Sport mega-events and public opposition: A sociological study of the London 2012 Olympics
journal contributionposted on 01.07.2016, 13:14 by Richard GiulianottiRichard Giulianotti, Gary Armstrong, Gavin Hales, Dick Hobbs
© The Author(s) 2014. This article examines the diverse forms of public opposition, protest, criticism, and complaint in the United Kingdom on the staging of the 2012 Olympic and Paralympic Games in London. Our discussion draws heavily on empirical research, primarily fieldwork and interviews in East London with local residents, opposition groups, business people, politicians, and other stakeholders. The article is separated into three main parts. First, we explore the setting and political–economic context for London 2012. The main Olympic setting—the London Borough of Newham—features very high levels of poverty and ethnic diversity. We argue that London 2012 represented a form of “festival capitalism” that was part of a broader set of “New Right two-step” policies in poor urban areas, involving initial Keynesian investment, followed by a deeper and far-reaching array of neo-liberal measures. Second, in the main part of the article, we identify and examine, in turn, six forms of public conflict, criticism, and complaint that centered on the Games, specifically national criticisms (e.g., on distribution of Olympic resources), local criticisms (e.g., on lack of jobs and business benefits), issue-specific campaigns (e.g., on the environment), “glocal” protests against specific nations and sponsors (e.g., campaigns against BP, Dow, and Rio Tinto), neo-tribal transgressions and situationist spectacles (e.g., mass cycle rides near Olympic venues), and anti-Olympic forums and demonstrations (e.g., critical web sites, multi-group marches). Third, we set out briefly the importance of conducting research into critics and opponents of sport mega-events, and discuss different arguments on how the social impact of protest movements might have been intensified at London 2012. The findings in this article may be extended to examine critical public responses to the hosting of other mega-events in different settings.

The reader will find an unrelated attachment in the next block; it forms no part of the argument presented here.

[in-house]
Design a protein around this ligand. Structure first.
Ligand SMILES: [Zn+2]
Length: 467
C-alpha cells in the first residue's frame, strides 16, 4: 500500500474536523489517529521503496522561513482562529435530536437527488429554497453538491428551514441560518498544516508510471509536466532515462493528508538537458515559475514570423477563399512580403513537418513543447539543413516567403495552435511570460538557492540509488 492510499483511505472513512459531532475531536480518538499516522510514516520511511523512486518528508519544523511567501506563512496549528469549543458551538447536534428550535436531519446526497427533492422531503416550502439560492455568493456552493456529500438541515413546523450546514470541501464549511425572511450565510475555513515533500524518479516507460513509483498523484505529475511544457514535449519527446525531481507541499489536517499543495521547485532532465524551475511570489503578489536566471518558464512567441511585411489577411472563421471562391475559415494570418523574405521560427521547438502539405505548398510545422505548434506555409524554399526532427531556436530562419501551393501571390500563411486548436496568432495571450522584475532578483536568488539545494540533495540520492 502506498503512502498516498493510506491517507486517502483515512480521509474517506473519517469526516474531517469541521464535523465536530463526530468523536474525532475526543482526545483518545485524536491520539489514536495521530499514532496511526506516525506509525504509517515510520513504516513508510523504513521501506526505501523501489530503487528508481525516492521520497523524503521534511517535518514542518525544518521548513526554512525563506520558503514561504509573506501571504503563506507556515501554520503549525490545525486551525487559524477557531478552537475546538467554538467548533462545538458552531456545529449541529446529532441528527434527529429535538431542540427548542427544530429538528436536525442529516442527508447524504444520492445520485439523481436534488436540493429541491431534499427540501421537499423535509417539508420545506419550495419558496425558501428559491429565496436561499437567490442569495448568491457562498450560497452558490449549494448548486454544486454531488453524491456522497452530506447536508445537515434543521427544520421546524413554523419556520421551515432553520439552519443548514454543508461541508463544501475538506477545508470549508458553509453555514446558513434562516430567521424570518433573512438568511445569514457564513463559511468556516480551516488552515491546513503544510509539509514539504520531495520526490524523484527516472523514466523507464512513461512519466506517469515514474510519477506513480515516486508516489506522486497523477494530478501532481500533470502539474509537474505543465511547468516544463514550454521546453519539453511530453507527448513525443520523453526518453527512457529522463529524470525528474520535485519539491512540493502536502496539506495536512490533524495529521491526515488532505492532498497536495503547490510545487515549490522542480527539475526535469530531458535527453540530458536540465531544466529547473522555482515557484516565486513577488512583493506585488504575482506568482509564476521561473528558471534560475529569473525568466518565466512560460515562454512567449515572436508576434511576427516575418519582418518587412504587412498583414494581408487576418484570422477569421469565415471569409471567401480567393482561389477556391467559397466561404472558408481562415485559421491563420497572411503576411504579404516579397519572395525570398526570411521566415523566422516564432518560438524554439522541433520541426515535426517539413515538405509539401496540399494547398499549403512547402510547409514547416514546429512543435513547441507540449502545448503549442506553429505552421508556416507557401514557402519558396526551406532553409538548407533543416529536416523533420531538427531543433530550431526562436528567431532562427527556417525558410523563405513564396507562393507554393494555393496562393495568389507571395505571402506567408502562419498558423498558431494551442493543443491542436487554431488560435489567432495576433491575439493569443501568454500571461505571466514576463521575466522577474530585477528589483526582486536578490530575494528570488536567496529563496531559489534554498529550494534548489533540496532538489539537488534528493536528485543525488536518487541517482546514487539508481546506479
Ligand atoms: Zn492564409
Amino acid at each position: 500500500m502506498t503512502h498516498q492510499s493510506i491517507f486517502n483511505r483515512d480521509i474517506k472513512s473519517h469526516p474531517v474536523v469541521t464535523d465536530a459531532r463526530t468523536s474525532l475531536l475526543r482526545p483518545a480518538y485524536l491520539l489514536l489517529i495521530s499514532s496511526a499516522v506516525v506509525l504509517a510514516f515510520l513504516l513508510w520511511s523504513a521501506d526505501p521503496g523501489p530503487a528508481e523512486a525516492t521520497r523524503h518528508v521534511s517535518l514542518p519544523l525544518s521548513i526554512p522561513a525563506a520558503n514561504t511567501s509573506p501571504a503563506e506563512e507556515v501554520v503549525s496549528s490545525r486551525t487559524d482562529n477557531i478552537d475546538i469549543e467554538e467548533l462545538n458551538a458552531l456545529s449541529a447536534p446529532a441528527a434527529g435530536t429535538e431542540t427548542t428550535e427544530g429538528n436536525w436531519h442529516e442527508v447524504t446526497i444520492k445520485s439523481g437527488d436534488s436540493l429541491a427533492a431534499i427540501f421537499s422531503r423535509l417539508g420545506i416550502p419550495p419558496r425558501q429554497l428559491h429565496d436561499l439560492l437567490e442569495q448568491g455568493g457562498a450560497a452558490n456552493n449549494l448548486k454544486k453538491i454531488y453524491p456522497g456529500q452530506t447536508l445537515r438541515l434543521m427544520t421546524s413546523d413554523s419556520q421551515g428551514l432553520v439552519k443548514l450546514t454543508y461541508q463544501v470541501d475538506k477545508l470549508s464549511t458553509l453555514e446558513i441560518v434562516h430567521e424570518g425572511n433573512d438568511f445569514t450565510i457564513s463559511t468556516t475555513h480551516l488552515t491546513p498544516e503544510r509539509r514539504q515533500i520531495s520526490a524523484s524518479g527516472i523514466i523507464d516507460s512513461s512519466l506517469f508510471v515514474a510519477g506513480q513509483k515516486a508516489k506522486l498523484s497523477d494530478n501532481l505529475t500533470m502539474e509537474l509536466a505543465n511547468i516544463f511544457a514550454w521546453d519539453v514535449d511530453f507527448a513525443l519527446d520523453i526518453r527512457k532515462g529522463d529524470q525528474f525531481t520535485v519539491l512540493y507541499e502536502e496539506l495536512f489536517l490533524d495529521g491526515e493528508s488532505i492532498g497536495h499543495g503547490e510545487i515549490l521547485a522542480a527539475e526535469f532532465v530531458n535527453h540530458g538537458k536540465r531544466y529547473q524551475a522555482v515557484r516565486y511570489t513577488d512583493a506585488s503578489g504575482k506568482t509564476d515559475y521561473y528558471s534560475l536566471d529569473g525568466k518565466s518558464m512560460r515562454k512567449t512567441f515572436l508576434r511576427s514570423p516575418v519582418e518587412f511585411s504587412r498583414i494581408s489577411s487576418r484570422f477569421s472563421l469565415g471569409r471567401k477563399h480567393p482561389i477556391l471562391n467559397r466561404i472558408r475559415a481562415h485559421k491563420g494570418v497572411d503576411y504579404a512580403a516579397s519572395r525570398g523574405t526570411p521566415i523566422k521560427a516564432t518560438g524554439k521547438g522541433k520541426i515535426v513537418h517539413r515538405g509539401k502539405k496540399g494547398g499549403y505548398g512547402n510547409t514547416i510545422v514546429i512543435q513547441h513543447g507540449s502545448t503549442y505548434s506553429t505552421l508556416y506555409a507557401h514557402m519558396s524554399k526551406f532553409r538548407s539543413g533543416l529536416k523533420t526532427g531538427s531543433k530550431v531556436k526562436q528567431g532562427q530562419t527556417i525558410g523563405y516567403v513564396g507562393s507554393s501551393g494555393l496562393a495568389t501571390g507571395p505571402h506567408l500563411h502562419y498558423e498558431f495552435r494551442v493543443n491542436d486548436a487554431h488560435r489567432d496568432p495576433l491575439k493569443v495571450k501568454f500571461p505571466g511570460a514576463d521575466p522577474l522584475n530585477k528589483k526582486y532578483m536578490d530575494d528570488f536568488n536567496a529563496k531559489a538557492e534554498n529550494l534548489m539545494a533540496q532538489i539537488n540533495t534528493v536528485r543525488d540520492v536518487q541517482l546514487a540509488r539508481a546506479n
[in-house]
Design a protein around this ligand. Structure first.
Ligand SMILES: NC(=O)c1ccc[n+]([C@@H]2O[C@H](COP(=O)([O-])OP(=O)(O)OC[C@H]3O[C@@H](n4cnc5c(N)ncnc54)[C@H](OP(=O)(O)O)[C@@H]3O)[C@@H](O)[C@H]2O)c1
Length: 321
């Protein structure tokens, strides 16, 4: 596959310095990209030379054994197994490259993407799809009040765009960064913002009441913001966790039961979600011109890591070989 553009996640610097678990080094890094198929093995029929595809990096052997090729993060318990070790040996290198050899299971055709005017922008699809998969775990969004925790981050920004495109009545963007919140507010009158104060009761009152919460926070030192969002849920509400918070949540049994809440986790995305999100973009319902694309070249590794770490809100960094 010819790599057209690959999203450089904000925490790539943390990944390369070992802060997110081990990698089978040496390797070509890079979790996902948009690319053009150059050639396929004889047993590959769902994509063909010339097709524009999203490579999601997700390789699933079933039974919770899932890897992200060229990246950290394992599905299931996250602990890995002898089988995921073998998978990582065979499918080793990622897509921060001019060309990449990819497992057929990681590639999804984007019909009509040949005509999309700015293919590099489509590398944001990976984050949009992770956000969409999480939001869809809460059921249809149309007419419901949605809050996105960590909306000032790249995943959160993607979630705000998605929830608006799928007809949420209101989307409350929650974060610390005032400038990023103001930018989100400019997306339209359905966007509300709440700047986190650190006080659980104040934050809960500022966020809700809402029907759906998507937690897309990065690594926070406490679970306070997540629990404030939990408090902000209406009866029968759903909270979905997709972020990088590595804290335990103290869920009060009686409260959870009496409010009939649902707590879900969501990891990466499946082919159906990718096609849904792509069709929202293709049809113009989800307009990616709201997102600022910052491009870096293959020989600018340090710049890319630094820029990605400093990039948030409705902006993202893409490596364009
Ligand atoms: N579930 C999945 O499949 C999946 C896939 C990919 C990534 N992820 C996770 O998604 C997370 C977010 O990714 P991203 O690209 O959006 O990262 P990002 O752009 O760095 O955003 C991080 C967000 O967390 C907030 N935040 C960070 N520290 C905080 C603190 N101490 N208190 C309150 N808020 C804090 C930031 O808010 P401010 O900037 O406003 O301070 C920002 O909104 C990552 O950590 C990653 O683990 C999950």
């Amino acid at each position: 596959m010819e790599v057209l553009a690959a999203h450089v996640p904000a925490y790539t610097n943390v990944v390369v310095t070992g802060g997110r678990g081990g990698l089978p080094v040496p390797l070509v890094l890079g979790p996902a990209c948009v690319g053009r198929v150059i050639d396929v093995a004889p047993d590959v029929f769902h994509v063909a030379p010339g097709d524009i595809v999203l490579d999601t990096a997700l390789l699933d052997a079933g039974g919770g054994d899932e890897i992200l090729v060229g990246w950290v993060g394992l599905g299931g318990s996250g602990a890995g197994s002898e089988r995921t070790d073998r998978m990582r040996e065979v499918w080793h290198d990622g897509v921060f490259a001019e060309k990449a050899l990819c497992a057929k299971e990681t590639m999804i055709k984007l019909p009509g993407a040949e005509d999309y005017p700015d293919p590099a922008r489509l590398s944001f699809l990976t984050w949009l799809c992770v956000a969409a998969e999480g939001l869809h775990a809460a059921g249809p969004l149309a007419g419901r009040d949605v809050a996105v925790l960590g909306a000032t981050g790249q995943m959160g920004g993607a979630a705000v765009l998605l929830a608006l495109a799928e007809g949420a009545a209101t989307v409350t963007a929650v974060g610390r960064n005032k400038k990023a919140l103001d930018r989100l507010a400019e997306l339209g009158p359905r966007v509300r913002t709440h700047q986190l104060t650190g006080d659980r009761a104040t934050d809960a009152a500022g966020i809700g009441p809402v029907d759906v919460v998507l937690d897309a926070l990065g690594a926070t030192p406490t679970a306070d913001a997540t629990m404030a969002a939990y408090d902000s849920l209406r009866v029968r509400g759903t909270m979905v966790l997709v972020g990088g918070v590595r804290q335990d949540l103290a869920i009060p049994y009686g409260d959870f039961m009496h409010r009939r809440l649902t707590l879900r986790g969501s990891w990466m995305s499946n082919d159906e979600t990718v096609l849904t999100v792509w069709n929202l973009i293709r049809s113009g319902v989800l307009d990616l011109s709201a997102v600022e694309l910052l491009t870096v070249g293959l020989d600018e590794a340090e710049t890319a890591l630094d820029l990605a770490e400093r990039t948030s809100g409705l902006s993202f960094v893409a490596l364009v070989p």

The research for this paper was financed by a grant from the UK Economic and Social Research Council (ESRC), award number RES 062-23-2738.
- Sport, Exercise and Health Sciences